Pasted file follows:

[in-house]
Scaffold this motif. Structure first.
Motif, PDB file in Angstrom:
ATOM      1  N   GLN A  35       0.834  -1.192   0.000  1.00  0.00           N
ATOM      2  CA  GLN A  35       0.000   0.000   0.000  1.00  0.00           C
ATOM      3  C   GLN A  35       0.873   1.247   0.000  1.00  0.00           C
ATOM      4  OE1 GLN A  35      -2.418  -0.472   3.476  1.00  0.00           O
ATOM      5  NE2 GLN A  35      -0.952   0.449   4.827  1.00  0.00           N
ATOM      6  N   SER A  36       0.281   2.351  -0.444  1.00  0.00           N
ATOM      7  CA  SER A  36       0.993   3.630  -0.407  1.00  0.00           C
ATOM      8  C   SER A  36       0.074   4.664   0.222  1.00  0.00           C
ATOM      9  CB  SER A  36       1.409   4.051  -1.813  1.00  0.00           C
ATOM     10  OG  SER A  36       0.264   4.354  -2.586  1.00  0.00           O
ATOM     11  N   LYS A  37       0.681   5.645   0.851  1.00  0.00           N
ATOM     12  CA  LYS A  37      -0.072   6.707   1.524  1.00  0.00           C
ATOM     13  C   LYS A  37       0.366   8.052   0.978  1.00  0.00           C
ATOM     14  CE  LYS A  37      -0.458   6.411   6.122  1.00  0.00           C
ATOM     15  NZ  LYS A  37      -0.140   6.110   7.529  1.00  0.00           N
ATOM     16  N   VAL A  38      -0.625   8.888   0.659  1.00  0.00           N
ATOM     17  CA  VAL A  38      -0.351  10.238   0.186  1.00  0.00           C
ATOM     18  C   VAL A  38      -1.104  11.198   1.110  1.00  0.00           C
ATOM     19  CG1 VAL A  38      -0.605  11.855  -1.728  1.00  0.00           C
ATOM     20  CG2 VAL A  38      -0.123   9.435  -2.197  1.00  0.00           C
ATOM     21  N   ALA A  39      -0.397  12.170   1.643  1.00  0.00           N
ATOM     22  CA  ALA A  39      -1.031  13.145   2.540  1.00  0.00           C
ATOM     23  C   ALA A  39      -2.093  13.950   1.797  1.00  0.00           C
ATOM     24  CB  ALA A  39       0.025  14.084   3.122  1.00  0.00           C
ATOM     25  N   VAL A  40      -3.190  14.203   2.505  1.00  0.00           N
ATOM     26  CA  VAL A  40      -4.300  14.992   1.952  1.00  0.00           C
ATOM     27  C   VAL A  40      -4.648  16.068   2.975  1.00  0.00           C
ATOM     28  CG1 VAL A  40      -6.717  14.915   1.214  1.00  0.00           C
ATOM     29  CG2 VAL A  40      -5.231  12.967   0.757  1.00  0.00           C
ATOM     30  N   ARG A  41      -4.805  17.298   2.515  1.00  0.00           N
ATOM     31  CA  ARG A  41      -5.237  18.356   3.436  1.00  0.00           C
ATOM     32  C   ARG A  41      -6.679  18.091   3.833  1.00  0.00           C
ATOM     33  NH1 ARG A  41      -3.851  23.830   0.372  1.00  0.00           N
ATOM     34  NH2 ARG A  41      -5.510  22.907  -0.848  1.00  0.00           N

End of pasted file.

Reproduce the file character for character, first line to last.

[in-house]
Scaffold this motif. Structure first.
Motif, PDB file in Angstrom:
ATOM      1  N   GLN A  35       0.834  -1.192   0.000  1.00  0.00           N
ATOM      2  CA  GLN A  35       0.000   0.000   0.000  1.00  0.00           C
ATOM      3  C   GLN A  35       0.873   1.247   0.000  1.00  0.00           C
ATOM      4  OE1 GLN A  35      -2.418  -0.472   3.476  1.00  0.00           O
ATOM      5  NE2 GLN A  35      -0.952   0.449   4.827  1.00  0.00           N
ATOM      6  N   SER A  36       0.281   2.351  -0.444  1.00  0.00           N
ATOM      7  CA  SER A  36       0.993   3.630  -0.407  1.00  0.00           C
ATOM      8  C   SER A  36       0.074   4.664   0.222  1.00  0.00           C
ATOM      9  CB  SER A  36       1.409   4.051  -1.813  1.00  0.00           C
ATOM     10  OG  SER A  36       0.264   4.354  -2.586  1.00  0.00           O
ATOM     11  N   LYS A  37       0.681   5.645   0.851  1.00  0.00           N
ATOM     12  CA  LYS A  37      -0.072   6.707   1.524  1.00  0.00           C
ATOM     13  C   LYS A  37       0.366   8.052   0.978  1.00  0.00           C
ATOM     14  CE  LYS A  37      -0.458   6.411   6.122  1.00  0.00           C
ATOM     15  NZ  LYS A  37      -0.140   6.110   7.529  1.00  0.00           N
ATOM     16  N   VAL A  38      -0.625   8.888   0.659  1.00  0.00           N
ATOM     17  CA  VAL A  38      -0.351  10.238   0.186  1.00  0.00           C
ATOM     18  C   VAL A  38      -1.104  11.198   1.110  1.00  0.00           C
ATOM     19  CG1 VAL A  38      -0.605  11.855  -1.728  1.00  0.00           C
ATOM     20  CG2 VAL A  38      -0.123   9.435  -2.197  1.00  0.00           C
ATOM     21  N   ALA A  39      -0.397  12.170   1.643  1.00  0.00           N
ATOM     22  CA  ALA A  39      -1.031  13.145   2.540  1.00  0.00           C
ATOM     23  C   ALA A  39      -2.093  13.950   1.797  1.00  0.00           C
ATOM     24  CB  ALA A  39       0.025  14.084   3.122  1.00  0.00           C
ATOM     25  N   VAL A  40      -3.190  14.203   2.505  1.00  0.00           N
ATOM     26  CA  VAL A  40      -4.300  14.992   1.952  1.00  0.00           C
ATOM     27  C   VAL A  40      -4.648  16.068   2.975  1.00  0.00           C
ATOM     28  CG1 VAL A  40      -6.717  14.915   1.214  1.00  0.00           C
ATOM     29  CG2 VAL A  40      -5.231  12.967   0.757  1.00  0.00           C
ATOM     30  N   ARG A  41      -4.805  17.298   2.515  1.00  0.00           N
ATOM     31  CA  ARG A  41      -5.237  18.356   3.436  1.00  0.00           C
ATOM     32  C   ARG A  41      -6.679  18.091   3.833  1.00  0.00           C
ATOM     33  NH1 ARG A  41      -3.851  23.830   0.372  1.00  0.00           N
ATOM     34  NH2 ARG A  41      -5.510  22.907  -0.848  1.00  0.00           N